Friday, January 22, 2016

ABCs and QR Codes

I found that when school started back up after the holidays, my primary ESOL students had forgotten a lot of their English alphabet. Going a long period of time without daily review is the reason for this , so I had to come up with a fun and creative way for my kiddos to practice their ABCs. Today I'm sharing two activities that I made to get my students up to speed with letter recognition.


Each activity is great as a center activity, in which students work together either in pairs or small groups, or individually. 

NOTE: To complete these activities, you will need a hand held device, such as a smartphone or tablet. You will also need a QR Reader app, which you can get for FREE from your smartphone's app store. 




I was also pleasantly surprised that QR codes also work using android's Optical Reader app, which comes preloaded on some Samsung Galaxy smartphones. 





1. The first activity that my students enjoy is called Alphabet Snowman QR Codes.


 Alphabet Snowman QR Codes



These large cards allow students to work together in pairs or a small group of no more than four. 

First, copy, laminate, and cut the cards apart. There is one card for each letter of the alphabet. Next, students divide the snowman cards among themselves.


Then, when students click on the snowman QR code card, they will be pointed to a web address, which when clicked will show them an image of the snowman with a letter for students to identify. Students take turns identifying the letters on their cards and verifying each other's responses.






2. The next activity is called QR Codes Snowman Letters. You can download this file here.





Students can work on this activity individually or with a partner. Make two copies of the numbered QR Code grid. I made one white copy and one pink copy and then laminated them. Next, cut the colored copy on the grid lines into QR code squares.




Next, put the colored QR squares in a pile (or shallow container). Students will then choose a colored QR square and scan the QR code. This will provide a web address to click on, where students will see a picture of a snowman with a letter on it. 

After partners verify the response, students place the pink numbered QR square on the corresponding numbered QR code square on the white grid. Partners repeat the process until all 26 squares on the white grid are covered. (Note: The numbers on the grid correspond to the letters of the alphabet, i.e. a-1; b-2, c-3, etc.).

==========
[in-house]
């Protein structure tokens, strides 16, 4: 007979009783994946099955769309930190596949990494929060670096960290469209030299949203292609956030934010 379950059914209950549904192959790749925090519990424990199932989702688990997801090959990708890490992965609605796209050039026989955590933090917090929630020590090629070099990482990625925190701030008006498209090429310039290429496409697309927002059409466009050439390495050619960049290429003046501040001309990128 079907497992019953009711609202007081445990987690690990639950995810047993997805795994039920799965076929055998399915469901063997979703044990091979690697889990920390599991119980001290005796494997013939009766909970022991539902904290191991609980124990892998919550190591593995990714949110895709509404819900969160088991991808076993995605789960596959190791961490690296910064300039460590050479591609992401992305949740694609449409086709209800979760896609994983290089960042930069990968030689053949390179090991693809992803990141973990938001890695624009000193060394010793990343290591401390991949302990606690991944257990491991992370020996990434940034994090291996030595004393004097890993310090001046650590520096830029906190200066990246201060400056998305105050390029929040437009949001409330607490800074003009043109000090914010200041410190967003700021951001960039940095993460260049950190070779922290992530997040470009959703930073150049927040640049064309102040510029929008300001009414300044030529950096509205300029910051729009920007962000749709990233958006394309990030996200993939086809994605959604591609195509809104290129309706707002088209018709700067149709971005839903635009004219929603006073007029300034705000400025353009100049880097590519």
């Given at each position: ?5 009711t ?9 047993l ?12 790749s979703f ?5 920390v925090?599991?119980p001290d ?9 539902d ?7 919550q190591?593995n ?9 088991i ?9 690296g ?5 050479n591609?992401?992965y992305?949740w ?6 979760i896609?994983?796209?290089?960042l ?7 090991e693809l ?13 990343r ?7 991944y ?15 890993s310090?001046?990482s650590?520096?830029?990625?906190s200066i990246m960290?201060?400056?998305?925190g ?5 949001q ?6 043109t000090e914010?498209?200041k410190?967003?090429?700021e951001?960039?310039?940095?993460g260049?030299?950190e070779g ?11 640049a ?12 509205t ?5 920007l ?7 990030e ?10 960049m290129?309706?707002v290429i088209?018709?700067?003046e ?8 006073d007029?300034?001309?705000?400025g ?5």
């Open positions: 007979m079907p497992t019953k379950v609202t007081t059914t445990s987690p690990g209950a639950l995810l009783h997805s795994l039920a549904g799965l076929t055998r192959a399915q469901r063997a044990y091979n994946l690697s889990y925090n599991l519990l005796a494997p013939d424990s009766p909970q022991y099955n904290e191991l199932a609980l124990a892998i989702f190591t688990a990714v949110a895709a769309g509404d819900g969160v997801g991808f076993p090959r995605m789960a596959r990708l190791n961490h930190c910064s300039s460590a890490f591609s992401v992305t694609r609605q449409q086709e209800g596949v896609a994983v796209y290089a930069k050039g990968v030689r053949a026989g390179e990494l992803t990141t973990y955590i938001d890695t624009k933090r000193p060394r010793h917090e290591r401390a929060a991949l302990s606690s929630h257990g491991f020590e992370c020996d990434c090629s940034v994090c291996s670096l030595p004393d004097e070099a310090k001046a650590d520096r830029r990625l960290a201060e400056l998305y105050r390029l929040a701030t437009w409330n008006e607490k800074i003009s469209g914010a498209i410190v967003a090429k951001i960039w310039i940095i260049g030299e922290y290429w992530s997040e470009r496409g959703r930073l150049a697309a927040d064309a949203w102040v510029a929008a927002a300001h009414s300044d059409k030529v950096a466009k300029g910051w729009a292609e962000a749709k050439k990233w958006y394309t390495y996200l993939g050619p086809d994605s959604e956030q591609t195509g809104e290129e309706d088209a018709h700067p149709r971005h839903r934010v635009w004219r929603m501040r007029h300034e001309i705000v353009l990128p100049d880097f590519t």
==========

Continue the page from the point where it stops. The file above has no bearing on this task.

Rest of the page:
These two centers provide lots of interaction and fun for students needing more practice learning the letters of the alphabet, for working individually, or with a partner. They would also provide ideal RTI support.

How do you combine using QR Codes with learning/practicing the alphabet in your classroom?

Graphics: EduKate&Inspire and Creative Clips  Font: KGFonts


Saturday, January 16, 2016

Alphabet Maze {FREEBIE}

It's January now and we are well into the swing of things again at school. I've learned over the years, however, that the kiddos are not always quite ready for the quick transition to new content right away. A quick little review is a must-do for my primary ESOL students during this time of year.

For example, it was the first day back at school, and as always, I gather my ESOL students around me for some greeting and review time. Following my, "Hello, _________. How are you?" And their, "Hello, Mrs. Ross. How are you?", we review the alphabet chart. "A, /a/, apple, B, /b/ bear," and so on we chant. To my disappointment As expected, some of my students just couldn't remember their alphabet from A to Z all the way. Phooey! So I needed a quick and fun review.

This Alphabet Maze FREEBIE that I made was a fun and quick way to review letter identification with my kiddos. To complete this page, students needed to find and color the correct ABC path from A to Z. Once they got started, they discovered that there were often more than one path to follow to the next letter. To give them a little challenge, students needed to find the correct path to the letter Z.



After students found the correct A to Z path, I also had them draw the path, and then say the ABCs. 



My students loved this little review activity. It was a nice way to start the new year. 

What are some ways you review with your kiddos after the holiday break?